This study examined possible benefits of PCV, PPV, or sequential administration of these two vaccines in adults whose high risk for pneumococcal pneumonia was documented by their having just recovered from that disease. PCV has been remarkably successful in infants and young children whose immature immune systems do not respond to PPV, eliciting antibody and protecting against invasive pneumococcal disease [11
]. In contrast, PCV in healthy or immune-compromised adults stimulates IgG levels that, 4
weeks post-vaccine, equal or only modestly exceed those following PPV [14
]. We hypothesized that PCV might lead to better antibody responses than PPV, albeit for a limited number of vaccine serotypes, in our high-risk patients. We found that IgG levels and opsonic activity in serum increased after vaccination and, at 4–8 weeks, were similar in recipients of PPV or PCV. Six months after vaccination, however, IgG and OPK levels had returned to baseline in recipients of PPV; in contrast, although levels fell in those vaccinated with PCV, they remained measurably greater than baseline,, as recently reported in healthy elderly adults [17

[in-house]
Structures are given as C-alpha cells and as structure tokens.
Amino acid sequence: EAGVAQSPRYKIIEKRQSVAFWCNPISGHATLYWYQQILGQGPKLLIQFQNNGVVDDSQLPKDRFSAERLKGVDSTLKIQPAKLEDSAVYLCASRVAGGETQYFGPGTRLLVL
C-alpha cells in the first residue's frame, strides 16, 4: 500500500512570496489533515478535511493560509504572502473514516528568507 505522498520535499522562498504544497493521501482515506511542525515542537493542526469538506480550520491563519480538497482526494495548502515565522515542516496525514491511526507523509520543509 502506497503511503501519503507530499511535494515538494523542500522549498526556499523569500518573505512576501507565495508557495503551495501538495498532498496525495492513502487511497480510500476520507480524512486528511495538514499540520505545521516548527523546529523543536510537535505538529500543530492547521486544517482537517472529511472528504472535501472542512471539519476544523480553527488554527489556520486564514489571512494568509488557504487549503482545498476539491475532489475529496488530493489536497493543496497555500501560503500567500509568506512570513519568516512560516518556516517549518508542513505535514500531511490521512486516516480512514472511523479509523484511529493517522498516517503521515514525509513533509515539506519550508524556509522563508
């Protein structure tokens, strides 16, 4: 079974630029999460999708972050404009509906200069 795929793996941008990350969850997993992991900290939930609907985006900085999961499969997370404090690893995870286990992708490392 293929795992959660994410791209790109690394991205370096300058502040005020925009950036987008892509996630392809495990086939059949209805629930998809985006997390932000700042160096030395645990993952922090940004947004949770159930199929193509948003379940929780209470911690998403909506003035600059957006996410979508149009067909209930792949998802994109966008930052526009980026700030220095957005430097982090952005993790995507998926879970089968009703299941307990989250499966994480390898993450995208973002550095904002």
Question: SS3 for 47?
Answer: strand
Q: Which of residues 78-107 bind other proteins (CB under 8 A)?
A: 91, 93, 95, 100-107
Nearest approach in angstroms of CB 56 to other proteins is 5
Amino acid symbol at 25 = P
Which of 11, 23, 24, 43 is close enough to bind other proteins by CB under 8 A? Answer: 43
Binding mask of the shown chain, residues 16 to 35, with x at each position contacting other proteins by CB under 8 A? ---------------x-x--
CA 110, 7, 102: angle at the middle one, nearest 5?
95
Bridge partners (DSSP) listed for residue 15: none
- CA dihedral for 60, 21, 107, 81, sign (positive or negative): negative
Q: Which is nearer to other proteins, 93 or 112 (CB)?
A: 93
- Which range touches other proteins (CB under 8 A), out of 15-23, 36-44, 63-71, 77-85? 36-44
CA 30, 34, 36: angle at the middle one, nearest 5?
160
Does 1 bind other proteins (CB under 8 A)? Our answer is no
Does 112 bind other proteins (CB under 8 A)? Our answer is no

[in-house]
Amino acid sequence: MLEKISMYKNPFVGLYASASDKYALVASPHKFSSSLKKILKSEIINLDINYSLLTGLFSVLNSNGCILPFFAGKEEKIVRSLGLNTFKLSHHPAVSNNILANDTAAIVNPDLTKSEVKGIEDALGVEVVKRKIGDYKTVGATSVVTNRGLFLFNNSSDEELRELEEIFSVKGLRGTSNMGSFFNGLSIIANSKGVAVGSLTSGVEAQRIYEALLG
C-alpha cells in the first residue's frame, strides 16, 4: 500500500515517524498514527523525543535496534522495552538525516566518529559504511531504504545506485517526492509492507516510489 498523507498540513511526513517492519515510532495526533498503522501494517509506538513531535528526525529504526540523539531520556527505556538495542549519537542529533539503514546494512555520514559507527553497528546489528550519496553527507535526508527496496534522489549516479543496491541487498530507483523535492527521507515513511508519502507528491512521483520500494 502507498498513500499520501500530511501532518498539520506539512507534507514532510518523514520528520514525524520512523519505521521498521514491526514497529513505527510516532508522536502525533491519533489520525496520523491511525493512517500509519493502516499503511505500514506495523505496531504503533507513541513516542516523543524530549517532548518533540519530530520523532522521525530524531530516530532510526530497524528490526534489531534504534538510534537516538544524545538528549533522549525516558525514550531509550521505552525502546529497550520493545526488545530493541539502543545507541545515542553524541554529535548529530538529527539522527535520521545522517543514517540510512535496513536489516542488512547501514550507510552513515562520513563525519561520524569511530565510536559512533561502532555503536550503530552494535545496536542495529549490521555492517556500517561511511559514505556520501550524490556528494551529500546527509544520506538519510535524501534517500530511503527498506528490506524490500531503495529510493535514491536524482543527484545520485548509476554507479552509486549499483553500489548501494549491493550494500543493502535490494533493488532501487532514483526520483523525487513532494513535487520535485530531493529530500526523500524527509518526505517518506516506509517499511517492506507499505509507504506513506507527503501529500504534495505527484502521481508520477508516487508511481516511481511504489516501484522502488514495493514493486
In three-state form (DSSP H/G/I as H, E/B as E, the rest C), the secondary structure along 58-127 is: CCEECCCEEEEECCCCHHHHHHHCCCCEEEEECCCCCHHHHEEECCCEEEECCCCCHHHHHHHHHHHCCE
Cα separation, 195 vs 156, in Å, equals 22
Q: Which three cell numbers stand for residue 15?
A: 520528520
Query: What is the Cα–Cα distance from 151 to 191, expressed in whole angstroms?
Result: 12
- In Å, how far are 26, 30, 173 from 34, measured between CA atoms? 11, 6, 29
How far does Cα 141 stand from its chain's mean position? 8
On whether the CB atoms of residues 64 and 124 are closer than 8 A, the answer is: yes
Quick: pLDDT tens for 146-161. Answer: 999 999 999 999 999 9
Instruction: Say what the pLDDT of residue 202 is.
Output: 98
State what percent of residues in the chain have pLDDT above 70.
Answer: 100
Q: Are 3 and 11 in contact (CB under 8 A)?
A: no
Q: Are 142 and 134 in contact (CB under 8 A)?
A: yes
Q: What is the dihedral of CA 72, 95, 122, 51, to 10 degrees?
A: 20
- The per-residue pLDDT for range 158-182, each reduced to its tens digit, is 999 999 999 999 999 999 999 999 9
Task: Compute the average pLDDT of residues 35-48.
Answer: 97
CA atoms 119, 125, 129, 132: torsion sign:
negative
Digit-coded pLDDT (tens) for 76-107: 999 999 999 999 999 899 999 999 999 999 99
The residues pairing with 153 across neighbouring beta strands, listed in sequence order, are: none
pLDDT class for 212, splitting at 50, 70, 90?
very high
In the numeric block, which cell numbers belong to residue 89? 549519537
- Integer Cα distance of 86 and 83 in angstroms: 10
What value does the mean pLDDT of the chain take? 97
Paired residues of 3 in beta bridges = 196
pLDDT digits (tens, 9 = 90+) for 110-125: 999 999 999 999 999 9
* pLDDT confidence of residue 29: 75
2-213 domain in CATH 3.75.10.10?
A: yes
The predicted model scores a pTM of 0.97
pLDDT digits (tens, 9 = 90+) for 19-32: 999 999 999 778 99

A further hypothesis of our work was that sequential vaccination with PCV followed by PPV might elicit a priming/boosting response, as had been described in patients with Hodgkin disease [18
] or HIV-infection [19
]. Other studies have failed to demonstrate this effect [15
], perhaps due to vaccine dose, preparation or schedule. Our PCV dose was subsequently shown to be optimal in older adults [17
], and our boosting dose was higher than in some earlier studies. In Group 1 patients, administration of PCV 6 months after PPV caused antibody at 4–8 weeks to increase but not to exceed the original, post-PPV peak. This finding is consistent with Heidelberger’s [26
] meticulous observations on responses to polysaccharide antigens and indicates the lack of participation by long-lived T-helper cells in response to polysaccharide antigens. In contrast, in Group 2 patients who received PCV followed by PPV, IgG and OPK levels rose to greater levels 4–8 weeks after PPV, consistent with a priming/boosting effect suggestive of participation by amplifying B or T cells [28
The major contribution of our study, however, is in the long-term follow-up of our subjects. Six months after the second vaccination, antibody in both groups fell precipitously, returning nearly to original, baseline levels. Previous investigations of a priming/boosting effect [17
] only studied subjects 3
weeks after the boost. Our findings suggest the induction of a long-lasting suppressor effect [28